9. Despite the fact that they are no longer used as reservoirs, the three largest ponds come within the scope of the RA 1975, imposing legal duties upon the Defendant, as ‘undertaker’ within the meaning of the Act. The Defendant has concluded, on the advice of a series of consultant civil engineers, that substantial works are required to ensure that the dams to the ponds do not breach, and cause extreme flooding to the densely inhabited areas around the Heath. The last statutory inspection under the RA 1975 was in 2007 which recommended further assessments. The Defendant has commissioned reports from consultants Haycock Associates, CARES, AECOM and Atkins. Since 2010, it has received advice from its supervising engineer, Dr Andrew Hughes, appointed pursuant to the RA 1975.

10. Dr Hughes is a highly qualified and experienced specialist in dam engineering. In his witness statement, he explained the nature of dam failure as follows:

i) An embankment dam requires a spillway to allow water to ‘overflow’ and pass safely downstream past the dam. Usually, this is via a channel, pipe or reinforced low portion of the bank. The capacity of the spillway must be sufficient to prevent the water level rising and going over the top of the dam.

ii) If the spillway has insufficient capacity, then in storm conditions the water may overtop the embankment dam. As the water flows down the face of the dam it accelerates and it has the power to rip grass cover from the soil or to erode the face of the dam.

iii) Where the face of the dam erodes there is a risk that the water in the reservoir behind the dam will break through and the dam will fail. Water would then be released from the dam with potentially catastrophic consequences.

iv) It is difficult to predict exactly how quickly a dam will fail, but once overtopping starts then a dam could fail within minutes. Failures could occur at any time and at short notice. Once erosion starts it is a self-perpetuating process that is virtually impossible to stop. It is thus important that the mechanisms for dam failure are eliminated.

v) When dams fail in built-up areas, it is likely lives will be lost. Dam breach releases a wall of water onto the community downstream, overwhelming any drainage system. The volume of water and velocity of flow can knock people and buildings over.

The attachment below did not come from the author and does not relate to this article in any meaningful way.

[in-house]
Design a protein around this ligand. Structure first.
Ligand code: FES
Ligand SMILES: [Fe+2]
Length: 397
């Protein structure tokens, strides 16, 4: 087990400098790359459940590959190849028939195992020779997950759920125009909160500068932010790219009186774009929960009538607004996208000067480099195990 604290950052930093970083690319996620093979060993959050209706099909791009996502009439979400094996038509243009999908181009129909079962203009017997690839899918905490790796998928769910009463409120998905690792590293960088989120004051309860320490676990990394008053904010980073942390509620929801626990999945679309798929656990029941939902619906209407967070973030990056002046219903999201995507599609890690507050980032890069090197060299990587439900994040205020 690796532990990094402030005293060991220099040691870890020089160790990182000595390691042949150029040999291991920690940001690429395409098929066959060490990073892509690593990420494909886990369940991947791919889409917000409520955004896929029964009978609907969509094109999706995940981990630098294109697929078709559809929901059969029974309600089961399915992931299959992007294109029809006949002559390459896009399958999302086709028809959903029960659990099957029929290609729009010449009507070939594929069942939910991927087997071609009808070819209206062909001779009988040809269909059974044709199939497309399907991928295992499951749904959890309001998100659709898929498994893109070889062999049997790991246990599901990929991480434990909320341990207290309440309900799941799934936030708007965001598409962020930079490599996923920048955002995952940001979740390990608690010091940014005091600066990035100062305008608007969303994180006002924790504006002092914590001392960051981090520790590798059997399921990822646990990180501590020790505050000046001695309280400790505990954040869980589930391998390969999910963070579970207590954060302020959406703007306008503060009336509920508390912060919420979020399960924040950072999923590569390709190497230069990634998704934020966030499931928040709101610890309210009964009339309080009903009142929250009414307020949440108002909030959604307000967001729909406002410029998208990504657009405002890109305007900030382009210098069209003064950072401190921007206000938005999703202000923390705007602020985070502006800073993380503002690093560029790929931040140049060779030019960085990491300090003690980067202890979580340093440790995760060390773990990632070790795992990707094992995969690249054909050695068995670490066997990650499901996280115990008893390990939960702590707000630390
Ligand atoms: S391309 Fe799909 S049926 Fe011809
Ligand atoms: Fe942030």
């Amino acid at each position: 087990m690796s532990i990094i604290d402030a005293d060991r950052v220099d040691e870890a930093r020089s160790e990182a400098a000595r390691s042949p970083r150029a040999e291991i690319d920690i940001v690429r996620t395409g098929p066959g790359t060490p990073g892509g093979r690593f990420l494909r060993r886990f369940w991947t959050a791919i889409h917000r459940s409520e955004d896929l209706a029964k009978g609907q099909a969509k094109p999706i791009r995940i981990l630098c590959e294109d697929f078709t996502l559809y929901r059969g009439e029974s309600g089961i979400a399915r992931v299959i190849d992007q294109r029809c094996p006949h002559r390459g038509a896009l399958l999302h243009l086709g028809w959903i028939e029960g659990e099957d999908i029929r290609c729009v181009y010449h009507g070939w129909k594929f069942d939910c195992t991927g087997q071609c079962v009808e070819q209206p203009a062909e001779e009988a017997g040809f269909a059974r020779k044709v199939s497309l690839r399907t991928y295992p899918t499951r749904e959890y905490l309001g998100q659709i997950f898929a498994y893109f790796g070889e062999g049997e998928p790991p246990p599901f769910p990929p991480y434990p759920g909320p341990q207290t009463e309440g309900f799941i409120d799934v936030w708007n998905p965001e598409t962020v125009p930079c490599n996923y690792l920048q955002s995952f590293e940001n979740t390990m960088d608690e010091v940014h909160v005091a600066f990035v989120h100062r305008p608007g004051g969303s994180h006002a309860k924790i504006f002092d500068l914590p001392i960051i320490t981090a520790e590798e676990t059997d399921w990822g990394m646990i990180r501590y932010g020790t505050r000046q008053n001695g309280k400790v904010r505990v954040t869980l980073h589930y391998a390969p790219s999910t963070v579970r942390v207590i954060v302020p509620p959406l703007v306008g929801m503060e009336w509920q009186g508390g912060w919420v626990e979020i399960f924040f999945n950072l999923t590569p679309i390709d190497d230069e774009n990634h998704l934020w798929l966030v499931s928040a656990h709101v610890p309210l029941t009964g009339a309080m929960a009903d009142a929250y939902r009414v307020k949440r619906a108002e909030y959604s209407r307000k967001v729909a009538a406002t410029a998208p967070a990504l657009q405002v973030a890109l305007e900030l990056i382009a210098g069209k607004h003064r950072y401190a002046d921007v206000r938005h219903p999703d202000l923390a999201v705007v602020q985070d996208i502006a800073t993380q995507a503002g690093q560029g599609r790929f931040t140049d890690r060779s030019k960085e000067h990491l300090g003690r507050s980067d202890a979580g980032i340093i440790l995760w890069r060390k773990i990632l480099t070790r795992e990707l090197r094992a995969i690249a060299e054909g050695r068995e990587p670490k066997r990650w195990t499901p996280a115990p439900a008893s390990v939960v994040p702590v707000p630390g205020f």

vi) The propensity of a dam to overtopping is indicated by a ‘return period’ that signifies the number of years which one would expect between floods equal or greater than the stated magnitude. Thus, if a dam is overtopped with a return period of a 1 in 20 flood then it would be expected to overtop on average once every 20 years. This is a theoretical exercise. In reality, severe floods may occur at any interval, and their frequency cannot be accurately predicted.

11. Dr Hughes has advised the Defendant, based upon the studies which have been carried out, that in the event of a severe storm, there is a risk that the ponds could overtop, potentially leading to erosion and dam failure. The principal reason for this is that the spillway capacities of all of the dams in the Highgate and Hampstead pond chains are deficient. The Hampstead No.1 Pond and the Highgate No.1 Pond (the ponds at the bottom of each chain) start to overtop between a 1:100 year rainfall event and a 1:1,000 year rainfall event. Other ponds further up the chains overtop at a much lower return period (e.g. the Stock Pond starts to overtop in a 1:5 year event, while the Ladies Bathing Pond and Bird Sanctuary Pond overtop in a 1:20 year event).

12. There is evidence that the ponds have overtopped previously and been damaged by erosion, though there is no evidence that the dams have ever breached.

13. The next statutory inspection under the RA 1975 is not due until 2017, but Dr Hughes may recommend an earlier statutory inspection if the recommended steps are not taken.

14. Following a lengthy process of investigation, assessment and consultation, the Defendant’s Hampstead Heath, Highgate Wood and Queen’s Park Committee decided on 9th June 2014 to approve specific pond defence proposals and to apply for planning permission for them, following the recommendations made in the Joint Report of the Director of Built Environment and the Director of Open Spaces (“the Report”).

15. The design principles which were applied may be summarised as follows: